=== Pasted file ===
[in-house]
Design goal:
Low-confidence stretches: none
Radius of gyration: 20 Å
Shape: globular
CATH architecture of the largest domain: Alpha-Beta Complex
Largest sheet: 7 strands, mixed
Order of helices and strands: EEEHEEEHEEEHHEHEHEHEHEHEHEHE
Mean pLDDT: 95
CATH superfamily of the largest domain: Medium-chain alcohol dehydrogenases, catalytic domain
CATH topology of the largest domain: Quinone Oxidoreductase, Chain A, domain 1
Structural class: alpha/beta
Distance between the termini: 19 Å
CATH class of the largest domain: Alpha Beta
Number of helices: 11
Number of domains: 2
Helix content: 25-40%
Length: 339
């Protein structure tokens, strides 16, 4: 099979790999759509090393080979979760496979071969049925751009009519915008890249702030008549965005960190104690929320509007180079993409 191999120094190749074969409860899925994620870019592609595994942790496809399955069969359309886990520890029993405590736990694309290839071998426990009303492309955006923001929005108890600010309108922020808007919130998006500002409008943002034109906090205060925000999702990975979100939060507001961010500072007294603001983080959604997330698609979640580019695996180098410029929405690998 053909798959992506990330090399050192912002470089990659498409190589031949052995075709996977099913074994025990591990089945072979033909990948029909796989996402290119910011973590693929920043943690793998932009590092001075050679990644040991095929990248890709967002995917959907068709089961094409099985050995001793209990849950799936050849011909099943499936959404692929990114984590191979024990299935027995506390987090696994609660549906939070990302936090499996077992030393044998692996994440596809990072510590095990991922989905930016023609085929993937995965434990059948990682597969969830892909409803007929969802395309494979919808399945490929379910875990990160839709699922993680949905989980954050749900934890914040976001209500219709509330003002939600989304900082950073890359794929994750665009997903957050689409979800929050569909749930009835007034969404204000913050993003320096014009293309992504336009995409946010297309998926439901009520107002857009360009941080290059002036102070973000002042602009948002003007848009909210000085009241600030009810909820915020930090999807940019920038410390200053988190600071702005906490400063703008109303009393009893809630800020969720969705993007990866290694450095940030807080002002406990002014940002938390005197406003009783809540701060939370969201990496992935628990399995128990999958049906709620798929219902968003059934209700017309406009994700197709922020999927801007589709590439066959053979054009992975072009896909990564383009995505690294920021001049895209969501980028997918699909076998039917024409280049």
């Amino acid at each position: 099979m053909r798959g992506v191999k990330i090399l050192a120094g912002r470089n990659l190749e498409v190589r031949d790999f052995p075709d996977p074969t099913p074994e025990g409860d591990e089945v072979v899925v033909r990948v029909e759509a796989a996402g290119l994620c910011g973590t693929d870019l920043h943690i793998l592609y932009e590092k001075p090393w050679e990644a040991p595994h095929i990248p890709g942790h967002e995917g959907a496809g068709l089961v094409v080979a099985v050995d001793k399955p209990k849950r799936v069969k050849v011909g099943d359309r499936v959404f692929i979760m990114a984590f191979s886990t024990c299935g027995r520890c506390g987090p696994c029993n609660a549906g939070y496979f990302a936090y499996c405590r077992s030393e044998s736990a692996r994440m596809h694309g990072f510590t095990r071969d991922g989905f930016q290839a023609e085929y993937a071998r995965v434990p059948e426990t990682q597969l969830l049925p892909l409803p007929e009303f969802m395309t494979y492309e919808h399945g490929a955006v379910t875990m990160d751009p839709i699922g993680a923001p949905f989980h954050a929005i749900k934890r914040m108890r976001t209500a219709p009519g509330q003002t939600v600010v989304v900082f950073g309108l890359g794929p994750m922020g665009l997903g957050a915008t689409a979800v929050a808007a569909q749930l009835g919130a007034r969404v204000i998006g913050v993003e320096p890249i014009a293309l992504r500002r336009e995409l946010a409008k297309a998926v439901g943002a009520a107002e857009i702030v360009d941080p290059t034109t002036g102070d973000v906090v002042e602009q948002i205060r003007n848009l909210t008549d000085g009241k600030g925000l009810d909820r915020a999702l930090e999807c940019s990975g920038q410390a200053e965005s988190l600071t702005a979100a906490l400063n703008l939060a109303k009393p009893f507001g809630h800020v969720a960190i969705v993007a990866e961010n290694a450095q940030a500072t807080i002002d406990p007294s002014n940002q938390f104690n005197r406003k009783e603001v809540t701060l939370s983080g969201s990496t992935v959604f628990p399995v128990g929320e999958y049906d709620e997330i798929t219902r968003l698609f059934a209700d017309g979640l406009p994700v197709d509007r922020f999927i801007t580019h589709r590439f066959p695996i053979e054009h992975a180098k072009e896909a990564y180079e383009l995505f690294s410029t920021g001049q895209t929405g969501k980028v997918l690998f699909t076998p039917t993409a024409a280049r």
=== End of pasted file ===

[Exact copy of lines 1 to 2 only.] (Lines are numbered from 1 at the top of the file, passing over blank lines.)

[in-house]
Design goal: